Gauntlet had its controls set up in the following fashion: a joystick, a fire button, & a magic button. The magic button could be used once a player had potion in his possession. The potion would clear the visible area of enemies. One of the fundamental differences when a game is translated from arcade to console is the control scheme – there is no longer a magic and shoot button, rather the magic is the A button while shoot is the B button. This may not seem like a big deal for a game like Gauntlet, but as controls become more complicated, some gamers will lose interest in a game quickly because of convoluted control schemes.

March 17, 2007

Demonstration mode

Filed under: games — montageman @ 4:42 pm

Raph Koster is fairly adamant that any good game must present a clearly defined goal and, in turn, offer the tools for the gamer to reach that goal.  This thought becomes cloudy when dealing with games like Tetris & Pac-Man where the goal is less defined then say Super Mario Bros. where it is explicitly pointed out that your fundamental duty is to save the princess.  Rather than giving an objective like this, the only objective Pac-Man needs is the high score tally at the top of the screen and the “hall of fame” that flashes on the screen while the game is in “demonstration (demo) mode.” Back to the high score in a moment, I would like to spend a moment on demo mode.  All arcade games (& most console games post-Atari) have a feature where the game is being played by the console without any player input.  For arcade games, it offers potential players, or consumers who want to spend money to buy time with the machine, a chance to see what the game looks like and sometimes how the game is played.  Much in the same way we are shown trailers for other movies before the feature film presentation, demonstration mode is a trailer of sorts.  A totally passive experience that, when interrupted, segues into the feature presentation i.e. the game world.   

March 14, 2007

A bit on Pac-man

Filed under: games — montageman @ 1:48 am

I’d like to revisit Pac-man for a moment.  The movement of Pac-man is restricted to north, south, east, & west.  Pac-man is prisoner inside of his maze.  He cannot break through the walls that enclose him.  For the player, the outcome is inevitable – the ghosts will eventually catch up to you.  There is no end to Pac-man.  Like a really terrible nightmare, the player knows that the ending will be less than favorable.  Boredom will eventually take hold and the player will lose the desire to play.  The lack of space to explore leads to a feeling of claustrophobia, a feeling that can only be remedied by forcing Pac-man to be eaten by his enemies.   Prolonged playing of Pac-man might lead to feelings of anxiety.  The thought that if Pac-man can’t escape, how can anyone else?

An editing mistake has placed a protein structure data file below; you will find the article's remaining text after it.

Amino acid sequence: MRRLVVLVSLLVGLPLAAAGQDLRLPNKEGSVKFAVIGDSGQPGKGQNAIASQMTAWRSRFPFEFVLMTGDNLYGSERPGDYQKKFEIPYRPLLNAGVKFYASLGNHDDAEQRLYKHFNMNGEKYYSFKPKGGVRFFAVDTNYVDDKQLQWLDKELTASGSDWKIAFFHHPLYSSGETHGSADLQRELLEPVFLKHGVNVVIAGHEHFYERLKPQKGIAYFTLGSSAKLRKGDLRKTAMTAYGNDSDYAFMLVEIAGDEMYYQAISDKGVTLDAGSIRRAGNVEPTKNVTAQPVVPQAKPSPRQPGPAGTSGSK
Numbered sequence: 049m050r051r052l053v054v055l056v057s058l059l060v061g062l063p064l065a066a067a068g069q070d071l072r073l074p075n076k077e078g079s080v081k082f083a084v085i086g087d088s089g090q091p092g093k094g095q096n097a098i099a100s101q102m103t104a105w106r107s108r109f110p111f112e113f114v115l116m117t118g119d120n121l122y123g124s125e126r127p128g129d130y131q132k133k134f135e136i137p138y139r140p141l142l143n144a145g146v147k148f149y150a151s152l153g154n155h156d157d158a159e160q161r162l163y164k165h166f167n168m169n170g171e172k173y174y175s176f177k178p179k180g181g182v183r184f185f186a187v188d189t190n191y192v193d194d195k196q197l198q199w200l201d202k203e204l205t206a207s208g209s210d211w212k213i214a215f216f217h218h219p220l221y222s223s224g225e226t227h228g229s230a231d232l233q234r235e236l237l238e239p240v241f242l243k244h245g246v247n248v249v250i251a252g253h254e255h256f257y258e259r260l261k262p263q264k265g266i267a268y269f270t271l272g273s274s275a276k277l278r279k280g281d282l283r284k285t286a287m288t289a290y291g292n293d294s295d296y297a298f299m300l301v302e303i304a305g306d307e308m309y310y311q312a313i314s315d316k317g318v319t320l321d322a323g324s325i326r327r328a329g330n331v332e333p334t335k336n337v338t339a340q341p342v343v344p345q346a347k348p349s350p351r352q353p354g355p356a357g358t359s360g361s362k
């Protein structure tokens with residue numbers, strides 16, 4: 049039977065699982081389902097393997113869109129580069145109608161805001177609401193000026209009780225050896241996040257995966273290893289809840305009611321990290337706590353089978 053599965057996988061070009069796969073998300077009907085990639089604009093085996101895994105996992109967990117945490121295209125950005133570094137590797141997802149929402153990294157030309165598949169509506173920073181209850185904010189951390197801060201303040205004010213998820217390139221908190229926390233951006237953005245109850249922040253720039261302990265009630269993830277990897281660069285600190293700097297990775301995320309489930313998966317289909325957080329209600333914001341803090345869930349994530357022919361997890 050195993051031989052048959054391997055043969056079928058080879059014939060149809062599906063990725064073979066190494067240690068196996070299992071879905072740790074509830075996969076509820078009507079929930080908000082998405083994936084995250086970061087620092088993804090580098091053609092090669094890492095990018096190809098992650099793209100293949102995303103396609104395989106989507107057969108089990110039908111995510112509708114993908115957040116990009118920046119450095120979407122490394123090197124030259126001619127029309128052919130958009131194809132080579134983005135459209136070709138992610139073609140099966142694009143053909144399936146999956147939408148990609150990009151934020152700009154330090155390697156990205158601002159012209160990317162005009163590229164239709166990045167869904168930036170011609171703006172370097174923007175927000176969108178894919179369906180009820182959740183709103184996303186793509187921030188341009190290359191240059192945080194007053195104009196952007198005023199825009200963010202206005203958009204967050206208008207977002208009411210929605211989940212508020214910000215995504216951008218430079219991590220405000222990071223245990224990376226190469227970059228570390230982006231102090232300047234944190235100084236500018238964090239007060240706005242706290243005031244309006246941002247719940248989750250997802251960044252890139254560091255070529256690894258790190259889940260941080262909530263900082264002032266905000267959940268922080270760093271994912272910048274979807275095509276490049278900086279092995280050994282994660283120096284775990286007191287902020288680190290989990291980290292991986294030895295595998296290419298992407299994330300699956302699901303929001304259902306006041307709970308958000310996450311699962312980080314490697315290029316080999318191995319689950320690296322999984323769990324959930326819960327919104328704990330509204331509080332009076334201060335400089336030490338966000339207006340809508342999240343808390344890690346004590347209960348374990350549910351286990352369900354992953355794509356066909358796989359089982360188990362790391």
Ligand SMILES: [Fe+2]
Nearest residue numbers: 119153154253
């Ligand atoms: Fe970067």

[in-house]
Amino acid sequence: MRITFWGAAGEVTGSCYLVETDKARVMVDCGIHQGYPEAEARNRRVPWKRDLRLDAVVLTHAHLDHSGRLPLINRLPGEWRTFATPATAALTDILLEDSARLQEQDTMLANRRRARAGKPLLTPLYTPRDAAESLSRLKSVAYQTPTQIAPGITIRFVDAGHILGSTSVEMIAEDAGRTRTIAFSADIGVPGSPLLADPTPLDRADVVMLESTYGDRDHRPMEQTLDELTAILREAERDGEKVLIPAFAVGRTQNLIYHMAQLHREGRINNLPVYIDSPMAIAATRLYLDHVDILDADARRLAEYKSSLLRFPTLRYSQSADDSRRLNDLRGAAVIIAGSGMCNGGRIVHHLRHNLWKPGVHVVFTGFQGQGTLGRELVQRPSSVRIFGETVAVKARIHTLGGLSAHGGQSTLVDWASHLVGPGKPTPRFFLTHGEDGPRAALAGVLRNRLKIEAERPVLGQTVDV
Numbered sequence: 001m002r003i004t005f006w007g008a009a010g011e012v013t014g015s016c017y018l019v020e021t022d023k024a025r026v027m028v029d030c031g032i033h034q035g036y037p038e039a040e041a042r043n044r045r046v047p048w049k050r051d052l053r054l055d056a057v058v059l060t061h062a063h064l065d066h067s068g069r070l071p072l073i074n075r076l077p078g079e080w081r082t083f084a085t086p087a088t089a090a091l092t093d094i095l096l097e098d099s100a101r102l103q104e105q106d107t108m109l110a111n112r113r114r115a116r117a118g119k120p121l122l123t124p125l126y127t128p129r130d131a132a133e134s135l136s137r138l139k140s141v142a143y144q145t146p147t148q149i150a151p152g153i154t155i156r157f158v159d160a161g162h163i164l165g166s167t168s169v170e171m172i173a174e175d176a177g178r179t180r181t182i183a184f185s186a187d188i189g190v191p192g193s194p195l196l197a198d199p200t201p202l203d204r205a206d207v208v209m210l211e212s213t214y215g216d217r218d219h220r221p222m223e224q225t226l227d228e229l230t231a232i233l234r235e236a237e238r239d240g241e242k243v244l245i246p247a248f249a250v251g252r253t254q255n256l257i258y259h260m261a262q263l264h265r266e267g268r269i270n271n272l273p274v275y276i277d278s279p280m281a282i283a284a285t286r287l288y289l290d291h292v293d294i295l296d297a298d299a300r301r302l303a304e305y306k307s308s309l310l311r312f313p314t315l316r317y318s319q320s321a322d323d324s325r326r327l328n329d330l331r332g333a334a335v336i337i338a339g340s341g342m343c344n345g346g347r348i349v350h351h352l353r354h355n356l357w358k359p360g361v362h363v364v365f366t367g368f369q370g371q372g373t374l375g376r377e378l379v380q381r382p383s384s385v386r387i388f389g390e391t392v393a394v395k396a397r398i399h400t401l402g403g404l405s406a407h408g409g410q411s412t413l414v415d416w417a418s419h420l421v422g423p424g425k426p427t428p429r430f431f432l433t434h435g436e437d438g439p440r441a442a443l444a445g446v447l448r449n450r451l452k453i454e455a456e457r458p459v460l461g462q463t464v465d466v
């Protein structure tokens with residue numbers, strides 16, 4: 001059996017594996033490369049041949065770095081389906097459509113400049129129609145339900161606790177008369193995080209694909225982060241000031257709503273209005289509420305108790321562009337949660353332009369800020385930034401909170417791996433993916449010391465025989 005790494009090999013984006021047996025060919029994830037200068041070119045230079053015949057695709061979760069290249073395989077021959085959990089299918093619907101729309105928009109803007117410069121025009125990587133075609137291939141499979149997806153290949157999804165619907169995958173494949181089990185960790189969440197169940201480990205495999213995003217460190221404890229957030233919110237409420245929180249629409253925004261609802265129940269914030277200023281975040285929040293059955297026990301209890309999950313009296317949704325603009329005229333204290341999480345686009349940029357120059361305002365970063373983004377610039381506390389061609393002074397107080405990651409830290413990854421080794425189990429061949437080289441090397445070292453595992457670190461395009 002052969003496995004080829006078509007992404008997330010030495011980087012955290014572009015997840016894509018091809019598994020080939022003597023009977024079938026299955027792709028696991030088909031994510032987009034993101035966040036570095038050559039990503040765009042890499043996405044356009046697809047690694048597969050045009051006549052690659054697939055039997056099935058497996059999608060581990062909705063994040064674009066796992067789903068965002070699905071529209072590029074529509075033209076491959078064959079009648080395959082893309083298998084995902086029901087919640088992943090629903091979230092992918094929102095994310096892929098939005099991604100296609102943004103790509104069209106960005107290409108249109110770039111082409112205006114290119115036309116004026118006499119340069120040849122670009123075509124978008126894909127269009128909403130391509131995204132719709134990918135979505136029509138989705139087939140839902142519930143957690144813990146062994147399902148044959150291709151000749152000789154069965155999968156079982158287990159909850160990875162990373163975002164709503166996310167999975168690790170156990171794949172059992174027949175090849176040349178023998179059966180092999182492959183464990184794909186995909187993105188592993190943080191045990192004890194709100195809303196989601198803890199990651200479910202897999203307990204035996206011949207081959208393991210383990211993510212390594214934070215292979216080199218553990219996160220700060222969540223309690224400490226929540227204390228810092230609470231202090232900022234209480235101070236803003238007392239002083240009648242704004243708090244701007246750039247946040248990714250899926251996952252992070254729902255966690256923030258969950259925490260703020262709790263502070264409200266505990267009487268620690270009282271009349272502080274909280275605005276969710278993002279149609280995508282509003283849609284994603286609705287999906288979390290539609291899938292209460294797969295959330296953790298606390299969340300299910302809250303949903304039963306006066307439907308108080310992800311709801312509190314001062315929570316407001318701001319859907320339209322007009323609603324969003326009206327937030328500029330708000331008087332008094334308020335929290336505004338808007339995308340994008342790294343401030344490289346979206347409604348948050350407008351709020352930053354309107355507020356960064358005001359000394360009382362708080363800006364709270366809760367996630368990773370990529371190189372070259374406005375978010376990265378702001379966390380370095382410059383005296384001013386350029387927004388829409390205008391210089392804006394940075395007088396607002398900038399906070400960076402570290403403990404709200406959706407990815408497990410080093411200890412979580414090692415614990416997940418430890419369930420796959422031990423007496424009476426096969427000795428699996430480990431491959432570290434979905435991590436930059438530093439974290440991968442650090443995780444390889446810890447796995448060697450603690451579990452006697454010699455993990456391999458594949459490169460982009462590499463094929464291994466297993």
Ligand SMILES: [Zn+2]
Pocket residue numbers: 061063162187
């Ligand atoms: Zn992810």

March 13, 2007

Games: Beauty, Accessibility, & Affect

Filed under: affect, games — montageman @ 3:29 am

On his weekly National Public Radio commentaries, sports writer Frank Defour will often speak about the ballet-like movement of basketball players or the impressive fluidity of motion in tennis players.  He finds art in motion, more specifically bodies in motion.  There is constant opposition in sports – offense versus defense, server versus receiver – and it through the interplay of these antagonists that art is born.  Kobe Bryant driving to the basketball hoop against Yao Ming can be a thing of beauty if not for Kobe’s offense then Yao’s defense.  One needs the other to succeed artistically because if Kobe drives to the basket undefended or Yao goes up for a block against no one, no longer is the game being played, rather the men would be practicing.  Defense is the reaction to offense and offense will react to defense.

Marshall McLuhan on games, “Games are popular art, collective, social reactions to the main drive or action of any culture.  Games, like institutions, are extensions of social man and of the body politic, as technologies are extensions of the animal organism.”  McLuhan continues on by noting that games are reactions to workday stress, a coming together of action and reaction of whole populations in a single dynamic image (208).  For something to be “popular art,” there has to be a certain level of accessibility.  More directly, I am referring to affective accessibility.  While the inherent beauty of a basketball game may not be self evident, there is a definite affective accessibility maintained by the overall structure of the game.  Any professional sport (and videogame for that matter) is structured around rivalry.  A rivalry that, as McLuhan eludes to, mirrors the rivalry of the workplace – the constant hierarchical tugging between the employee and employer, or the underdog against the favorite.

March 11, 2007

Interest in Videogames: Consoles & Synergy

Filed under: affect, videogames — montageman @ 9:41 pm

When the Nintendo Entertainment System was released, Super Mario Bros and Duck Hunt were packaged with the console. Nintendo was so radically different from its competitors that giving consumers a couple games to pique their interest made sense because interest is one of the primary affects. I remember opening the my Nintendo along with with Tag Team Wrestling (Data East, 1983) and being immediately enamored with the idea of playing these games. A similar feeling accompanied my purchase (or receipt) of the Sega Genesis, Sony Playstation, Sega Dreamcast, etc. Console gaming begins with interest in the hardware. From the beginning of home gaming, the need to upgrade has always been one of the main driving forces of the industry.